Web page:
Star Wars: Tiny Death Star hands-on review: all personality, not much fun
Last week, Star Wars: Tiny Death Star was released on the top three mobile platforms, and since then I have been playing it constantly. This is not an exaggeration. Everywhere I went - shopping, drinks with friends, the bathroom, the gym, everywhere - I would be compelled to pull out my phone and make sure everything was running smoothly on my personal Death Star.
The basic premise of the game is exactly the same as its spiritual predecessor Tiny Tower. It is your job to essentially be the building manager of the Death Star (which means you are technically playing as Darth Vader). You must build new levels for various purposes. Residential levels attract new "bitizens" who are essentially your workforce, and then you put them to work in various businesses in certain sectors - food, service, retail, and recreation. Those levels in turn generate credits which are used to build more levels. There are also Imperial levels which are used to generate items needed to carry out plans for the Empire.
I've seen Princess Leia show up and be asked to go to a restaurant, the gym, a random residential level, or even to one of the Imperial level. And, despite the fact that everyone knows Leia to be sympathetic to the Rebels, you have no choice but to deliver her to the Imperial level if that's where she wants to go. Of course, it's not like she can steal any secrets or anything, so no harm, no foul, I guess.
Sure, there are layers on top of that, but they really don't add much. Each bitizen has ratings for different job categories which translate into faster production times on items; and, each has a "dream job" which gives you a supply boost if you put them in the right place. You can also move around levels, so get more customers. But, that just varies the core process which is just waiting for items to be made, collecting them, waiting for them to be sold, and making new items. There are also missions from the Emperor, but those really just serve to tell you what to do next and don't add much. Some are random (like capturing Rebels), so they can take a long time to even present themselves, and it isn't something you can actively work towards.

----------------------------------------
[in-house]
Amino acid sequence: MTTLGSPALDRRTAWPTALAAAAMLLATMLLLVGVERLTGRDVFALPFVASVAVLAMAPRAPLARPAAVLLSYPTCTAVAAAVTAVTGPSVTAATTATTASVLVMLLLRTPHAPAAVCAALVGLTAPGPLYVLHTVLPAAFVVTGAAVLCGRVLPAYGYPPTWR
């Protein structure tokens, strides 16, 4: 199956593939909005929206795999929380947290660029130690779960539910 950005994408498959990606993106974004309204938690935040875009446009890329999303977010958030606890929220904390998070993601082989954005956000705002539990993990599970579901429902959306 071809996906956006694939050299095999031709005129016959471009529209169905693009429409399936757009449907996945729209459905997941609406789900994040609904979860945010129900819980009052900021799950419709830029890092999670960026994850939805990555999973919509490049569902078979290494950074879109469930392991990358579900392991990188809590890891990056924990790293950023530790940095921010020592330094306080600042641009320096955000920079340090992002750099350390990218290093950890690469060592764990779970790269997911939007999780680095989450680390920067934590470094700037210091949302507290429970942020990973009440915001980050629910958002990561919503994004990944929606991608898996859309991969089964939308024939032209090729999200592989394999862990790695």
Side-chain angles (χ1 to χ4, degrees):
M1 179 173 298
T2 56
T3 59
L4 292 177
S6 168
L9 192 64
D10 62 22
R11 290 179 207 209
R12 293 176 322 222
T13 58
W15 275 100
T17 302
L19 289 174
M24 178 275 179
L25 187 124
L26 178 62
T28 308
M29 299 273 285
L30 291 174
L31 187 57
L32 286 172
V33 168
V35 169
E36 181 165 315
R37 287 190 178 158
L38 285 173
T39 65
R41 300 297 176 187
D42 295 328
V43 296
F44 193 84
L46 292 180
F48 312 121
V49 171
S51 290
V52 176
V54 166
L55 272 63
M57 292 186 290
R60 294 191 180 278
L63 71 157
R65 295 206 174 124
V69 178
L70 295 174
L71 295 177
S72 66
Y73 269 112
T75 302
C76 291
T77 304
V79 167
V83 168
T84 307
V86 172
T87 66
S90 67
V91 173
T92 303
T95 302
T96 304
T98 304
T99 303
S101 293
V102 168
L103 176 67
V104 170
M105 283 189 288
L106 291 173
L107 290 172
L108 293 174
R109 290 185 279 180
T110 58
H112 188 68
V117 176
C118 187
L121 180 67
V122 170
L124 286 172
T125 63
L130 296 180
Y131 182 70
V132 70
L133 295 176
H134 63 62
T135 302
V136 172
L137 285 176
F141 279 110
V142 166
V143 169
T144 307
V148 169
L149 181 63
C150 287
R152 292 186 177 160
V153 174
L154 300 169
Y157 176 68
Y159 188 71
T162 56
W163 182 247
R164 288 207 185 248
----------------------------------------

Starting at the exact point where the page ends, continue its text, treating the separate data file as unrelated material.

Tiny Death Star; but, the trouble was that I eventually realized that I wasn't actually having any fun.In my time with the game, I was constantly making sure that the stores and restaurants were stocked with goods, and the underground Imperial machinations were progressing as you might hope. Even during the course of writing this hands-on review of the game, I had to take a few breaks to pop open the game and see what was happening. And, I found myself spending real life cash money to get more stuff in the game. From all of this, you might think that I would have a lot of positive comments about
While the game is available on Android, iOS, Windows Phone, and Windows 8, for the purpose of this review I played Tiny Death Star on a Nexus 5 running stock Android 4.4 KitKat.
All personality with some annoyances...
That's not to say that there is nothing to like about the game. It is positively brimming with personality and small touches. The 8-bit characters are well designed, and there are quite a lot of so-called "bitizens" to populate your ever-expanding Death Star. Early on in the game, you'll mostly be seeing fairly generic characters with a few crowd favorites thrown in, and more well-known characters added in over time. One of the first characters that will pop up is a generic Gungan (not specifically Jar Jar Binks), and you will see numerous Princess Leias coming into the Death Star. And, there seems to be no real rhyme or reason as to what levels the characters ask to go to.